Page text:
Better to have a book in the hand than two in the cloud: consumer preferences for physical over digital goods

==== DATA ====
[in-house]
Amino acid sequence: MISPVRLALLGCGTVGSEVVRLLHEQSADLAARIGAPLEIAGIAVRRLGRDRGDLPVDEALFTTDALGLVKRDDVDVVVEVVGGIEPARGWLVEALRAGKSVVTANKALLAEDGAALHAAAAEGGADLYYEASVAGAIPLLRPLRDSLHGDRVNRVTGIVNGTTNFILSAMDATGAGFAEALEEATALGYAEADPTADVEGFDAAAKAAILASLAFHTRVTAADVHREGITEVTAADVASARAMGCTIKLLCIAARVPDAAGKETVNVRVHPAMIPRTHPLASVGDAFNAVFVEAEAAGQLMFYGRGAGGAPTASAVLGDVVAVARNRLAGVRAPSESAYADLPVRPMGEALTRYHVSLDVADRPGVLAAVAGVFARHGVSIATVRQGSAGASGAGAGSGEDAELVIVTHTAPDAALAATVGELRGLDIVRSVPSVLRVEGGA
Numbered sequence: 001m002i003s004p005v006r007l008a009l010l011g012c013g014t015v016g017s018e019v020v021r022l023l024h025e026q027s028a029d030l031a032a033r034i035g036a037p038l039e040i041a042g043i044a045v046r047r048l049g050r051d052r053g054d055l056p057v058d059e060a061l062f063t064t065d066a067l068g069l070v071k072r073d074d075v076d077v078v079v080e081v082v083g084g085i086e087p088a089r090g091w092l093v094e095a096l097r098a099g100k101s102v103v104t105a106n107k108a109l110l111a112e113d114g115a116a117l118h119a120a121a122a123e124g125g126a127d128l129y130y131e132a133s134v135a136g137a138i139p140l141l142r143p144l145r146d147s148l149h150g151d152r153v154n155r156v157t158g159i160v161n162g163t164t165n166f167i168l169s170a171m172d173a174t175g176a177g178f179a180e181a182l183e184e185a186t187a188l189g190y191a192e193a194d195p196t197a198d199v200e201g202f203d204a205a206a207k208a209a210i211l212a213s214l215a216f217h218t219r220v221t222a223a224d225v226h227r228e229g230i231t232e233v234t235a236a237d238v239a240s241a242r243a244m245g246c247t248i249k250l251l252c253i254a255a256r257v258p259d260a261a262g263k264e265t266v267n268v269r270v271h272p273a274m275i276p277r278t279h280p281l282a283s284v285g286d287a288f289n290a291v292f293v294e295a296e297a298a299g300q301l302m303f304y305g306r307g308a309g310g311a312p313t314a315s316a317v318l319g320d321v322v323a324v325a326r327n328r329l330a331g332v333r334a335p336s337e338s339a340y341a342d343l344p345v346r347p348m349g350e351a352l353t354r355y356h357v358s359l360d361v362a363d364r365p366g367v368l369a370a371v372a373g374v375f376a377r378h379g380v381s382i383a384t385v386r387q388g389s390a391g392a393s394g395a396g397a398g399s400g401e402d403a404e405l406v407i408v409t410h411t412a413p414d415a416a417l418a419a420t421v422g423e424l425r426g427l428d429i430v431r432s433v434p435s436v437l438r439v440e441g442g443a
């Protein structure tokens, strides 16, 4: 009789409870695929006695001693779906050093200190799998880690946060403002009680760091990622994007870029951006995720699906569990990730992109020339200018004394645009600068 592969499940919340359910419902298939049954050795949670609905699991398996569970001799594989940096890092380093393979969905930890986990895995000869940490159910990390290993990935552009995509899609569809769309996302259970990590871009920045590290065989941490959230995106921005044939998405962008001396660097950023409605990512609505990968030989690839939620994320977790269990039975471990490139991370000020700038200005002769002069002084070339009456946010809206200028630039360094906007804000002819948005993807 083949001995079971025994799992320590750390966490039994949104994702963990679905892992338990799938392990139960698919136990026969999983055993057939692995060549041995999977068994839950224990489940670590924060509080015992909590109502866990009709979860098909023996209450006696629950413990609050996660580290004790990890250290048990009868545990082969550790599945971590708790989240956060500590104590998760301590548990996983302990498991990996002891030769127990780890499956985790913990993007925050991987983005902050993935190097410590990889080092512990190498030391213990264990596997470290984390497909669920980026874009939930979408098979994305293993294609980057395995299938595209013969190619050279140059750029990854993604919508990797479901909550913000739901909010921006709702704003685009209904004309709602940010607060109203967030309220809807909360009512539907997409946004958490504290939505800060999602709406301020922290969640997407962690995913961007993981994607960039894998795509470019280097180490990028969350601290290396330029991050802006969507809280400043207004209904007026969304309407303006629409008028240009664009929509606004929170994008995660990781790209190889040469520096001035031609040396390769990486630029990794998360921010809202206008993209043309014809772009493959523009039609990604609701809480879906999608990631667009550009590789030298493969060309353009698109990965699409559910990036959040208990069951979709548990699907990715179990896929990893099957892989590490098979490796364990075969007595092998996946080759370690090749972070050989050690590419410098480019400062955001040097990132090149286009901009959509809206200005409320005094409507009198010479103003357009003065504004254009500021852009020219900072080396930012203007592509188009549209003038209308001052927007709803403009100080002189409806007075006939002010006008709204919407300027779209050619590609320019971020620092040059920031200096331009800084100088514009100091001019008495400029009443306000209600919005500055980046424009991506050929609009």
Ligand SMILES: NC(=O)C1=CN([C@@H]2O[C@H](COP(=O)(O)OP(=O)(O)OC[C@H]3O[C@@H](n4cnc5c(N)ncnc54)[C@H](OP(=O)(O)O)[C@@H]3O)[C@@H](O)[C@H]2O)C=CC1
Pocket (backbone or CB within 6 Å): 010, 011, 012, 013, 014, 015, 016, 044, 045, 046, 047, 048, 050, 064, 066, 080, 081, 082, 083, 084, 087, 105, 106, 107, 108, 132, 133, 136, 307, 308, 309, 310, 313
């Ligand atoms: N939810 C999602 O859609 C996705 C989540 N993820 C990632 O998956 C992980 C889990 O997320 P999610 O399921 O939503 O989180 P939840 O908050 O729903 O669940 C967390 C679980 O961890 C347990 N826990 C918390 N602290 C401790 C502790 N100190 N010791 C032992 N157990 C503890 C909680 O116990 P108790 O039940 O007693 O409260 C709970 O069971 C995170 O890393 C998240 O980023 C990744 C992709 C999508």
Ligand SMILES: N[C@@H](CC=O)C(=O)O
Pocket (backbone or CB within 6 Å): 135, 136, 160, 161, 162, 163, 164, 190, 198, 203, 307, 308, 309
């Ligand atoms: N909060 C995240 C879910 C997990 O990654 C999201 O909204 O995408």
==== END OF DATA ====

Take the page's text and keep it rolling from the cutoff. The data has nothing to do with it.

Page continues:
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New technologies have given rise to digital versions of many goods including photographs, books, music, and movies. This dissertation examined whether people ascribe greater value to physical or digital goods with self-report and incentive compatible designs. I report ten experiments that elucidate the preference and identify greater establishment of psychological ownership for physical goods as the mechanism responsible for their greater valuation. I found that participants ascribed a higher value to physical versions of a variety of goods, whether measured in an incentive compatible pay-what-you-want paradigm, willingness to pay, or purchase intention. In Experiment 1, tourists paid more for a printed photograph of themselves with a costumed historical figure at a historical site than a similar digital photograph, even when controlling for the perceived cost of production. Experiment 2 found that this difference in valuation generalizes to other product categories such as books, music, movies, and magazine subscriptions. Experiment 3 suggested that the differences were not due to perceived consumption utility. Although participants ascribed greater value to physical goods, they believed their digital counterparts were more useful on every dimension measured. Experiment 4 ruled out a social signaling motive, as participants exhibited the same greater preference for physical versions of both high and lowbrow goods. Experiment 4 also found that estimates of the retail prices of digital and physical goods does not explain this preference. Experiment 5 identified psychological ownership as a driver of the higher valuation ascribed to physical goods. Psychological ownership and not assessments of permanence or anticipated consumption enjoyment mediated the effect of product format on willingness to pay (WTP). Experiments 6A and 6B provided further evidence for the ownership account. College students reported their WTP for buying or renting a digital or print copy of a course textbook. The WTP gap between physical and digital versions of the textbook was considerably greater in the purchase condition than rent condition. Whereas students were WTP more to buy than rent a physical textbook, they were not WTP more to buy than rent the same digital textbook. The rest of the studies further explored the ownership account and its implications.